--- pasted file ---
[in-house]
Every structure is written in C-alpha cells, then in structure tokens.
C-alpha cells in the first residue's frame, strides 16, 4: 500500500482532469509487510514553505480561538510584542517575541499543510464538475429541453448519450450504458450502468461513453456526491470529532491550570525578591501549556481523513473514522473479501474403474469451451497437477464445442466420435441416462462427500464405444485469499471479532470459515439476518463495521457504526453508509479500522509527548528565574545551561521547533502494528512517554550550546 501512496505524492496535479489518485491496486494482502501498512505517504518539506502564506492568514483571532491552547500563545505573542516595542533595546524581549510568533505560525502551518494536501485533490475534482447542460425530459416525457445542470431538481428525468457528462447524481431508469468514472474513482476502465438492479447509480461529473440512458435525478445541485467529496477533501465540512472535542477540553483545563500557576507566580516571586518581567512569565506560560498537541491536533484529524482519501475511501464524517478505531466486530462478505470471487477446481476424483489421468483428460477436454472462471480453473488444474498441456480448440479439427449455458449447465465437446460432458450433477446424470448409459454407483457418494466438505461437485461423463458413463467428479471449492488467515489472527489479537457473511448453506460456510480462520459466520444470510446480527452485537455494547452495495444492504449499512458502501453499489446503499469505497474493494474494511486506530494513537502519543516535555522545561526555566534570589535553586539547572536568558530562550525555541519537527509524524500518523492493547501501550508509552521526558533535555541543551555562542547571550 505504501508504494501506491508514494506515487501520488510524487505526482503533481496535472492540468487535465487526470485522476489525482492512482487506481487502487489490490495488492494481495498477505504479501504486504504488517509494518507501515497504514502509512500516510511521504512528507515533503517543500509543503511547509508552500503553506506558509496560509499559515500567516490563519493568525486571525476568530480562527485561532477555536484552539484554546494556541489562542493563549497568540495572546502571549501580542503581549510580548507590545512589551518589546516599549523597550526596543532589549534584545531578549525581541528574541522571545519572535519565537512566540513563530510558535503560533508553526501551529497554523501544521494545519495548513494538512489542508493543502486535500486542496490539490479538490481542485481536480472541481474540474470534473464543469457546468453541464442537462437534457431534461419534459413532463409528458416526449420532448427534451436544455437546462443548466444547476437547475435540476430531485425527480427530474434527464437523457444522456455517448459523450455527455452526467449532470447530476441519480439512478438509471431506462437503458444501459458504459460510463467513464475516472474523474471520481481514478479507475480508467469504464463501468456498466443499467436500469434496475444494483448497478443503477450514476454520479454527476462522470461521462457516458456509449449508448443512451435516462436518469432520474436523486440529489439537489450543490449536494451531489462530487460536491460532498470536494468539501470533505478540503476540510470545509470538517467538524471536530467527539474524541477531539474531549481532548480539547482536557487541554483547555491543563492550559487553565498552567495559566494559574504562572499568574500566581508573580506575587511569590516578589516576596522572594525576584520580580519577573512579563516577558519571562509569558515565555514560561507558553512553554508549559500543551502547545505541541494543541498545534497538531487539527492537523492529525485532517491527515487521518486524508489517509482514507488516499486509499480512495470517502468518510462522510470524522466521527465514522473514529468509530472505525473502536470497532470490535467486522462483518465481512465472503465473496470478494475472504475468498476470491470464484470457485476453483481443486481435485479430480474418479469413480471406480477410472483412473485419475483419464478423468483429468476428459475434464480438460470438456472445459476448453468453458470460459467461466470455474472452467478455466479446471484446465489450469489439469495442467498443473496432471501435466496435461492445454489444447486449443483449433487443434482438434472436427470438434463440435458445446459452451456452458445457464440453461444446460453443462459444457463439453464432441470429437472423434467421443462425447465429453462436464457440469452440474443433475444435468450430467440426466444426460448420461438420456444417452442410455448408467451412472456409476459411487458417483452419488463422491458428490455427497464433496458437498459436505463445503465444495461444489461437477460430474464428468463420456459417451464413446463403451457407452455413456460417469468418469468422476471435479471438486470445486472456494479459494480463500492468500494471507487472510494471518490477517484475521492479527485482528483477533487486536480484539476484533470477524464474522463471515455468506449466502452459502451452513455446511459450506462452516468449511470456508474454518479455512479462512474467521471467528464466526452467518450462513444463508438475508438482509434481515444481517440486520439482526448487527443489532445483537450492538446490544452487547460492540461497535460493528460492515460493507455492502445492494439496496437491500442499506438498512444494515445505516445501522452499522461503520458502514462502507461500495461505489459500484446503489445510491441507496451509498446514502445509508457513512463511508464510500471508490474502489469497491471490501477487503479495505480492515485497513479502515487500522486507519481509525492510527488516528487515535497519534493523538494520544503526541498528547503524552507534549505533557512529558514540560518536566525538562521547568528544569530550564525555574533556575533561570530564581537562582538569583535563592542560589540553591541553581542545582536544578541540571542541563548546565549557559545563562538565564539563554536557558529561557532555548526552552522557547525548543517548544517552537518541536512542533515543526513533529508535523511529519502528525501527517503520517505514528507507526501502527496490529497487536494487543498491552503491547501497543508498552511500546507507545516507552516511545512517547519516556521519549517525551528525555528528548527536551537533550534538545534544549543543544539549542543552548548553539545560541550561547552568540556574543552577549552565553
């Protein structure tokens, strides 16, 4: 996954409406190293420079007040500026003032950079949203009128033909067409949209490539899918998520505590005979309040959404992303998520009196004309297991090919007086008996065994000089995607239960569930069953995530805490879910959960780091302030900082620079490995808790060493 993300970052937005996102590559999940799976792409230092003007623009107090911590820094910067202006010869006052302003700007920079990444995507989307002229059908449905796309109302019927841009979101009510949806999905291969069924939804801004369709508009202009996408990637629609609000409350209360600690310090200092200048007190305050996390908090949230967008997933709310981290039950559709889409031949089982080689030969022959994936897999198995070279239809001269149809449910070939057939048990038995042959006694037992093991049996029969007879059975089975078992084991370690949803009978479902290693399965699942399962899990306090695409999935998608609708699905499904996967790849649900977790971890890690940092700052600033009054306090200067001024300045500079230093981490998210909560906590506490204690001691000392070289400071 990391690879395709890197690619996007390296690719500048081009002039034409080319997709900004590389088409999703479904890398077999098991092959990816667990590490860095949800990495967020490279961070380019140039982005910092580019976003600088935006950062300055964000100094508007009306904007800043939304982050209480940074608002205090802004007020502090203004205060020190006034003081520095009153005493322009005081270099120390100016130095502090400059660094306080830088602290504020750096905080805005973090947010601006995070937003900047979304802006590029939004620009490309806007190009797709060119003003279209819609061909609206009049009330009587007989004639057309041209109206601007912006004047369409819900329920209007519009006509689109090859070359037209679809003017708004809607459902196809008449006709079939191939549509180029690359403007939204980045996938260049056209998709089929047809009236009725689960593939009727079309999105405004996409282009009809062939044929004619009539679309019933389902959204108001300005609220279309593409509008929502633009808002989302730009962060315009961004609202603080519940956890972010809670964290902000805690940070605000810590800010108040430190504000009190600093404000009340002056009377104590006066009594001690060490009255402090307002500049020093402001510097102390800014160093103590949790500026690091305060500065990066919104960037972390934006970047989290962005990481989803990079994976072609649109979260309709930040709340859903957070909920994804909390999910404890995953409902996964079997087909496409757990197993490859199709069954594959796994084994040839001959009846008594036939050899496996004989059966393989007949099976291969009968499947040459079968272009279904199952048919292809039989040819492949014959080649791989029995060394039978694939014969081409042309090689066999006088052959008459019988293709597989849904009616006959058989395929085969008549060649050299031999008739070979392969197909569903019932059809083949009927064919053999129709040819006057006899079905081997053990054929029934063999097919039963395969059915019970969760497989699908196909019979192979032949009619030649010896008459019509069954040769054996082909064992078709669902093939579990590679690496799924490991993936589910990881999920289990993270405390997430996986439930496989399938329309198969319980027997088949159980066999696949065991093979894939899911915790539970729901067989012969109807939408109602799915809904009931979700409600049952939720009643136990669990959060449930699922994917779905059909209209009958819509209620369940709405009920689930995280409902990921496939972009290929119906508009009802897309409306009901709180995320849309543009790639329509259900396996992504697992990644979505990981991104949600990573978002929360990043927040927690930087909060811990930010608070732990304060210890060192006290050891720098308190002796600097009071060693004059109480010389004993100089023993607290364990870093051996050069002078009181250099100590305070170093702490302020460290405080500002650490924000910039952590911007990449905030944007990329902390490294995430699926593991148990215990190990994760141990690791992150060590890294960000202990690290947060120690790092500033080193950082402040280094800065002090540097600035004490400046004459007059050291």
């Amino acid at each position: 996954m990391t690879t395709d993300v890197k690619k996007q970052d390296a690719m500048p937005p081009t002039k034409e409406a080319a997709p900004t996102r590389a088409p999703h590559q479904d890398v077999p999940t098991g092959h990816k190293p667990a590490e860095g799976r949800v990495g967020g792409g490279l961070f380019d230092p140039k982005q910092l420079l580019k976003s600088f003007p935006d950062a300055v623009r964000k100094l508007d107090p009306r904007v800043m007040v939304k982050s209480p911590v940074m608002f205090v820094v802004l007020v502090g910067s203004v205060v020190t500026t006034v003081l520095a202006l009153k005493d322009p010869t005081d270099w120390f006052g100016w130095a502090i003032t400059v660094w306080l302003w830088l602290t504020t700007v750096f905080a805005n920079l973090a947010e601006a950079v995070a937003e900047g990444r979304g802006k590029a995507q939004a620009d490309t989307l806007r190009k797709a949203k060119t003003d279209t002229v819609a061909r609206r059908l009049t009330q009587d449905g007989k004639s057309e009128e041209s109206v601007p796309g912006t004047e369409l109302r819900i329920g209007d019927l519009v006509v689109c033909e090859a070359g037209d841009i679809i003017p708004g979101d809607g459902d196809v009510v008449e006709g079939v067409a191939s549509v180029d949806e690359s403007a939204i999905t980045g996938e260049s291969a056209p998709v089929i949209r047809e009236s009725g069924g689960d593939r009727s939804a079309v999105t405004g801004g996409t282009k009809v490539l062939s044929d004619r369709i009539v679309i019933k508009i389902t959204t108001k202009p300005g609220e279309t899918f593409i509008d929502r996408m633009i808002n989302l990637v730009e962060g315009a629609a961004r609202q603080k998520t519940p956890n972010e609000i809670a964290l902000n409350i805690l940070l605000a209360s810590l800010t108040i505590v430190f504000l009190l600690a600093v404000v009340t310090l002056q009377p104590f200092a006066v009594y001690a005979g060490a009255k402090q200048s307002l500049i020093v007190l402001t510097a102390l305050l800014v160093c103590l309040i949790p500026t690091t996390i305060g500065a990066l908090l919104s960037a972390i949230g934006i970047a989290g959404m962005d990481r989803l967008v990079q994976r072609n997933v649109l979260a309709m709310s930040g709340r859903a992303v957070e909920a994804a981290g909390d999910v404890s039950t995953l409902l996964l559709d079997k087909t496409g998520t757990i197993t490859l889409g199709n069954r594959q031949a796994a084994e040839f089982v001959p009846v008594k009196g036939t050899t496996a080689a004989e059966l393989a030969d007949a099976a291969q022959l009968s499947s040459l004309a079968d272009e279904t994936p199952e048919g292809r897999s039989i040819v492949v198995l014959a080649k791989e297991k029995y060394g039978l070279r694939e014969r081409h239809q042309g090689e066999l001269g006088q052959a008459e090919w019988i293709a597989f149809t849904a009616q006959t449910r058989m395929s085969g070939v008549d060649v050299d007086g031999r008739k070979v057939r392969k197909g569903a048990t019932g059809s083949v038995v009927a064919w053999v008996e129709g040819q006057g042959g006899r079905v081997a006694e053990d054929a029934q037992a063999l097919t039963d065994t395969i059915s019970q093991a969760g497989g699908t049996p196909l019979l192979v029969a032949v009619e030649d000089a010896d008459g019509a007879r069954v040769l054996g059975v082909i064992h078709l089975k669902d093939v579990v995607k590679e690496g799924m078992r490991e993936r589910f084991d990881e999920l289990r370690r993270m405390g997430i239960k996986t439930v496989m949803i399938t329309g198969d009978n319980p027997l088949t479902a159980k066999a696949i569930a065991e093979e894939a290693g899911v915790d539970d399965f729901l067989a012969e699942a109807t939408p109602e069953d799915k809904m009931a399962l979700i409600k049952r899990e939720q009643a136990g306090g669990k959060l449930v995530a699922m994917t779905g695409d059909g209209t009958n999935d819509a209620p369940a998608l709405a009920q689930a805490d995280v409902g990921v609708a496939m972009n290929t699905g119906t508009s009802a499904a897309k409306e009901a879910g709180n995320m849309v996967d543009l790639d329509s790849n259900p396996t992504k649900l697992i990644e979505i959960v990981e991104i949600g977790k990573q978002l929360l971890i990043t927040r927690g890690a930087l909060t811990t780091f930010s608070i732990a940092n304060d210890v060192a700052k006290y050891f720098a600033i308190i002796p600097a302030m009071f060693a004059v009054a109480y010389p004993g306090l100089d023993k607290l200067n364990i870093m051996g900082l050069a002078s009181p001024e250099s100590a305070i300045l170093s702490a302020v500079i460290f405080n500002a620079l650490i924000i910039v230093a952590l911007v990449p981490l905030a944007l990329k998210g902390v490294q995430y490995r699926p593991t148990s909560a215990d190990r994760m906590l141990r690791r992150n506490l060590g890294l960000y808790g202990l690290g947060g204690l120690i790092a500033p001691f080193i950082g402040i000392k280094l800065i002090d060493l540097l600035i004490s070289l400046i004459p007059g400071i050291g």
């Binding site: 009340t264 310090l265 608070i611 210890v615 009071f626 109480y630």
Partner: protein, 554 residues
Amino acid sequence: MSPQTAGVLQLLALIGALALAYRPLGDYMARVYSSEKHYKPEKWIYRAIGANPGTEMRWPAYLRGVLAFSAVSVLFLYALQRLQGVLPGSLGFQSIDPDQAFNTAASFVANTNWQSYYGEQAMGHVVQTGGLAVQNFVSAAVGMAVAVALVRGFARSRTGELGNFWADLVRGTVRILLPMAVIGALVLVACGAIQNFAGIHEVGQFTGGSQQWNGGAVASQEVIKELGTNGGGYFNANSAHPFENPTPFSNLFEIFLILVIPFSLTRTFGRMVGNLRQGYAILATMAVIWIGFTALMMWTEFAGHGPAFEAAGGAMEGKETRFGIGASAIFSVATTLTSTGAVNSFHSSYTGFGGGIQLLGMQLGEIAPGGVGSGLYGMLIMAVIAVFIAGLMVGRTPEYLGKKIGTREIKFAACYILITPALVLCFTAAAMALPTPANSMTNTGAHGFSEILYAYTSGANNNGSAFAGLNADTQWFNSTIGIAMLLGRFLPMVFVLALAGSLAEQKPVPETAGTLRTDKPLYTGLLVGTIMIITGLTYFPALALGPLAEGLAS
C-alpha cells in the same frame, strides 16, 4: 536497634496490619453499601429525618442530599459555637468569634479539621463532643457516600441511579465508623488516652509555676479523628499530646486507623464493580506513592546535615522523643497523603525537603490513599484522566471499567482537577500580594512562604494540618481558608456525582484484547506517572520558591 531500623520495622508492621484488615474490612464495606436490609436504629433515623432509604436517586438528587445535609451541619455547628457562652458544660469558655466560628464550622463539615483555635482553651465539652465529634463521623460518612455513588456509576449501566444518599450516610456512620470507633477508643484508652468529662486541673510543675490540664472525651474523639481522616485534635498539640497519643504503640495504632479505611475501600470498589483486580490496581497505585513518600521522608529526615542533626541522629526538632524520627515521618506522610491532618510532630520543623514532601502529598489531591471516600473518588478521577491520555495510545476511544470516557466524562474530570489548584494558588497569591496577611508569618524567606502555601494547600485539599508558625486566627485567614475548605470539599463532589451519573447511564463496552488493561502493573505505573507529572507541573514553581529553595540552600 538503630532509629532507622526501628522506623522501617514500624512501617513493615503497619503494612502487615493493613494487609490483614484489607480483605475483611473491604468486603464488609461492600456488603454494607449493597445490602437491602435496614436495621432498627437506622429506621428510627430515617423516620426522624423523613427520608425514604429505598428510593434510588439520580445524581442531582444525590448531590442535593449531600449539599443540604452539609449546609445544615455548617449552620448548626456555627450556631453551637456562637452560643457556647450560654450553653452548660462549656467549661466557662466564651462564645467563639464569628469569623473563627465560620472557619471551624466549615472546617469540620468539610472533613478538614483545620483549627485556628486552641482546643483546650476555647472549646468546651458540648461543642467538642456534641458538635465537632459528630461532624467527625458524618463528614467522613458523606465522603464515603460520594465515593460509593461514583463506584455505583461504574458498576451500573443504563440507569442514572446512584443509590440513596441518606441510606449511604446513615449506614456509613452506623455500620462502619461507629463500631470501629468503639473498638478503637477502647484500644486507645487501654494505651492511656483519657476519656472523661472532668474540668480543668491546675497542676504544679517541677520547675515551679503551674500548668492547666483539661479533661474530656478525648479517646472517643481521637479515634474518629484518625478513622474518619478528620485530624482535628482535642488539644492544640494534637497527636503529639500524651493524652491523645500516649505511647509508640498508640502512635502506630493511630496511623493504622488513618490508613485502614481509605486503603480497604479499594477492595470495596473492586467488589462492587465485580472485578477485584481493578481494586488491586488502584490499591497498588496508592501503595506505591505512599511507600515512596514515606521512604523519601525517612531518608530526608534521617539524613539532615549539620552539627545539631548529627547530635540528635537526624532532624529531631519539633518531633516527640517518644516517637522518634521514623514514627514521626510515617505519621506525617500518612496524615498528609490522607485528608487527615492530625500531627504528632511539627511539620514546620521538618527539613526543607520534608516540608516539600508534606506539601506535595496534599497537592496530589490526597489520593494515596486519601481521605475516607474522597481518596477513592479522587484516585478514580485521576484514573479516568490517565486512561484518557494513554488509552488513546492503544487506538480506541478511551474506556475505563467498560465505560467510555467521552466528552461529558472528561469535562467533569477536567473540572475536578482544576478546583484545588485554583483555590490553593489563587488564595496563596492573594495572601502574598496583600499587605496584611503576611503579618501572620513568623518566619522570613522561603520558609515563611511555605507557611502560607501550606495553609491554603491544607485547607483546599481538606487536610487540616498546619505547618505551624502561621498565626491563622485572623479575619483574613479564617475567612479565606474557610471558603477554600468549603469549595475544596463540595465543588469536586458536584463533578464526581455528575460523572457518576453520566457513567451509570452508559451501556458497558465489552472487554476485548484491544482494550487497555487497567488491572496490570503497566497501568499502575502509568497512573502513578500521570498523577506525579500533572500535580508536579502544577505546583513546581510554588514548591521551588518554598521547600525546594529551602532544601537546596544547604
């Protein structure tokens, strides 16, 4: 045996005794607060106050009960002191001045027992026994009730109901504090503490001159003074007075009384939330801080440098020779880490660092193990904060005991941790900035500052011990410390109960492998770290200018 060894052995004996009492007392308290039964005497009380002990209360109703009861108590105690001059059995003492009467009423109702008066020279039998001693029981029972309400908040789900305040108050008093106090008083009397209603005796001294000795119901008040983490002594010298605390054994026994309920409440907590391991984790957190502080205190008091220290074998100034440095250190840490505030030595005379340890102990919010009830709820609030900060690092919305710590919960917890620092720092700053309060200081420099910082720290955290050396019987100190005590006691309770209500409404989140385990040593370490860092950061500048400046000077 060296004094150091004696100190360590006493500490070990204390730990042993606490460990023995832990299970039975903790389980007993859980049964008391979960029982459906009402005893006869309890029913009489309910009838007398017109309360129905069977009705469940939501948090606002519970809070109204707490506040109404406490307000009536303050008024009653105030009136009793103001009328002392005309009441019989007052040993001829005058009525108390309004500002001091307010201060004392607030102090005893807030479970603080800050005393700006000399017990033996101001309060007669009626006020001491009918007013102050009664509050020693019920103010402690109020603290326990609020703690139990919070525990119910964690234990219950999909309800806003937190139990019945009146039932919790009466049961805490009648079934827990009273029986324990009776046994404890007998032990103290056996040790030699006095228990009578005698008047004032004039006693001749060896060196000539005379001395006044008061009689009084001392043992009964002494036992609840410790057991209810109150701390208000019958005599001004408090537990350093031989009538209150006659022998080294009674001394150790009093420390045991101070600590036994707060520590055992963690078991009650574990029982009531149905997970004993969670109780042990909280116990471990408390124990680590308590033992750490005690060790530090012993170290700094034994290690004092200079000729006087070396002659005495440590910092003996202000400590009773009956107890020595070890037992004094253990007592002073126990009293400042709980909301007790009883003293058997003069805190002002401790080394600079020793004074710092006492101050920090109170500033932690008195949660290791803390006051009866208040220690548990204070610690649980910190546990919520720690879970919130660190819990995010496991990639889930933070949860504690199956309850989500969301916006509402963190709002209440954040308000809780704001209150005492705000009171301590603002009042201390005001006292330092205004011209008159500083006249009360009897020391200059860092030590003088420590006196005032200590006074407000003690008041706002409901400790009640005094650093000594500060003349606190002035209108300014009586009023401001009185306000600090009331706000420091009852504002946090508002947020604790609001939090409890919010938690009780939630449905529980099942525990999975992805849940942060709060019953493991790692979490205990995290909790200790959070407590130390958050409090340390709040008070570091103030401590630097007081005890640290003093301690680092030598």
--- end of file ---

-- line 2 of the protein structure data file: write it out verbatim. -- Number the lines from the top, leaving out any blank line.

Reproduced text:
Every structure is written in C-alpha cells, then in structure tokens.